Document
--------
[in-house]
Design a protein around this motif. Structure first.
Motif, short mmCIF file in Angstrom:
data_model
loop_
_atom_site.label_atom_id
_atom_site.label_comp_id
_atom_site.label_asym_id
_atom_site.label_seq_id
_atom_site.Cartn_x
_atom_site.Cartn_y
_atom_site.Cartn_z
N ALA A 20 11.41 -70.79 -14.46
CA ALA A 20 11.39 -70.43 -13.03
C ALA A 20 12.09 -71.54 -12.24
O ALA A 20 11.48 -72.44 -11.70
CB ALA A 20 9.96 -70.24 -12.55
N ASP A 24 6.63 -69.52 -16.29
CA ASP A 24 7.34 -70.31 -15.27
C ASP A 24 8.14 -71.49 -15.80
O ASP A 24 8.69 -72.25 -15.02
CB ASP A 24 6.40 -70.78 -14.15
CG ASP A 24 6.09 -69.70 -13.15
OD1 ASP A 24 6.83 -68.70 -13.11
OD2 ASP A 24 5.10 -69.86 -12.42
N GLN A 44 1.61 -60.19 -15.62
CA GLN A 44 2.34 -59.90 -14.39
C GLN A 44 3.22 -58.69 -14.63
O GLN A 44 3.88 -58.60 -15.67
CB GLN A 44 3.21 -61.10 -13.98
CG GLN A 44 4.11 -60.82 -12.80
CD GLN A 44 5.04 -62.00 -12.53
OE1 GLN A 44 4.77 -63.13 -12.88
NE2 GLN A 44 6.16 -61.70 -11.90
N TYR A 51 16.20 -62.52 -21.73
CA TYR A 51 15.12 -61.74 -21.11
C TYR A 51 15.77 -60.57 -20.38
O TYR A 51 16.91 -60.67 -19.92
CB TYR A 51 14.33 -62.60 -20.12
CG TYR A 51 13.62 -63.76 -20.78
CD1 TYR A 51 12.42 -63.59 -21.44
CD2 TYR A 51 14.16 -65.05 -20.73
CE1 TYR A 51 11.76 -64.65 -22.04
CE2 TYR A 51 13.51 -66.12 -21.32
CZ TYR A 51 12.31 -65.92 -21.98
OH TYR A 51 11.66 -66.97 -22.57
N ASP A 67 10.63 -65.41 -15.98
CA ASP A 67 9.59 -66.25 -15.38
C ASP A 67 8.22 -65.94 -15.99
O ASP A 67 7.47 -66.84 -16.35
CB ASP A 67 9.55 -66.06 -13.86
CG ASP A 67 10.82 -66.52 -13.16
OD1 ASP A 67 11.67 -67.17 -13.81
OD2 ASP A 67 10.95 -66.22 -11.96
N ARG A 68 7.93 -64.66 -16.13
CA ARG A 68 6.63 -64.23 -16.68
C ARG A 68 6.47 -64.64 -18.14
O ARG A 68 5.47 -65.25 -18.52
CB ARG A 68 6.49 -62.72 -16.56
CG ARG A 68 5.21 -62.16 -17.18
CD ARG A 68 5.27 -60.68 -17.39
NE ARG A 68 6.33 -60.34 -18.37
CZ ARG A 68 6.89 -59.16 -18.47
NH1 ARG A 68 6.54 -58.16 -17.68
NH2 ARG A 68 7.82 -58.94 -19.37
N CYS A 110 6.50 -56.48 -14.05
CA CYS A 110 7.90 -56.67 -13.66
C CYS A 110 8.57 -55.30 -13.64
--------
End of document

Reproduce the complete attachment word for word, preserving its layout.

[in-house]
Design a protein around this motif. Structure first.
Motif, short mmCIF file in Angstrom:
data_model
loop_
_atom_site.label_atom_id
_atom_site.label_comp_id
_atom_site.label_asym_id
_atom_site.label_seq_id
_atom_site.Cartn_x
_atom_site.Cartn_y
_atom_site.Cartn_z
N ALA A 20 11.41 -70.79 -14.46
CA ALA A 20 11.39 -70.43 -13.03
C ALA A 20 12.09 -71.54 -12.24
O ALA A 20 11.48 -72.44 -11.70
CB ALA A 20 9.96 -70.24 -12.55
N ASP A 24 6.63 -69.52 -16.29
CA ASP A 24 7.34 -70.31 -15.27
C ASP A 24 8.14 -71.49 -15.80
O ASP A 24 8.69 -72.25 -15.02
CB ASP A 24 6.40 -70.78 -14.15
CG ASP A 24 6.09 -69.70 -13.15
OD1 ASP A 24 6.83 -68.70 -13.11
OD2 ASP A 24 5.10 -69.86 -12.42
N GLN A 44 1.61 -60.19 -15.62
CA GLN A 44 2.34 -59.90 -14.39
C GLN A 44 3.22 -58.69 -14.63
O GLN A 44 3.88 -58.60 -15.67
CB GLN A 44 3.21 -61.10 -13.98
CG GLN A 44 4.11 -60.82 -12.80
CD GLN A 44 5.04 -62.00 -12.53
OE1 GLN A 44 4.77 -63.13 -12.88
NE2 GLN A 44 6.16 -61.70 -11.90
N TYR A 51 16.20 -62.52 -21.73
CA TYR A 51 15.12 -61.74 -21.11
C TYR A 51 15.77 -60.57 -20.38
O TYR A 51 16.91 -60.67 -19.92
CB TYR A 51 14.33 -62.60 -20.12
CG TYR A 51 13.62 -63.76 -20.78
CD1 TYR A 51 12.42 -63.59 -21.44
CD2 TYR A 51 14.16 -65.05 -20.73
CE1 TYR A 51 11.76 -64.65 -22.04
CE2 TYR A 51 13.51 -66.12 -21.32
CZ TYR A 51 12.31 -65.92 -21.98
OH TYR A 51 11.66 -66.97 -22.57
N ASP A 67 10.63 -65.41 -15.98
CA ASP A 67 9.59 -66.25 -15.38
C ASP A 67 8.22 -65.94 -15.99
O ASP A 67 7.47 -66.84 -16.35
CB ASP A 67 9.55 -66.06 -13.86
CG ASP A 67 10.82 -66.52 -13.16
OD1 ASP A 67 11.67 -67.17 -13.81
OD2 ASP A 67 10.95 -66.22 -11.96
N ARG A 68 7.93 -64.66 -16.13
CA ARG A 68 6.63 -64.23 -16.68
C ARG A 68 6.47 -64.64 -18.14
O ARG A 68 5.47 -65.25 -18.52
CB ARG A 68 6.49 -62.72 -16.56
CG ARG A 68 5.21 -62.16 -17.18
CD ARG A 68 5.27 -60.68 -17.39
NE ARG A 68 6.33 -60.34 -18.37
CZ ARG A 68 6.89 -59.16 -18.47
NH1 ARG A 68 6.54 -58.16 -17.68
NH2 ARG A 68 7.82 -58.94 -19.37
N CYS A 110 6.50 -56.48 -14.05
CA CYS A 110 7.90 -56.67 -13.66
C CYS A 110 8.57 -55.30 -13.64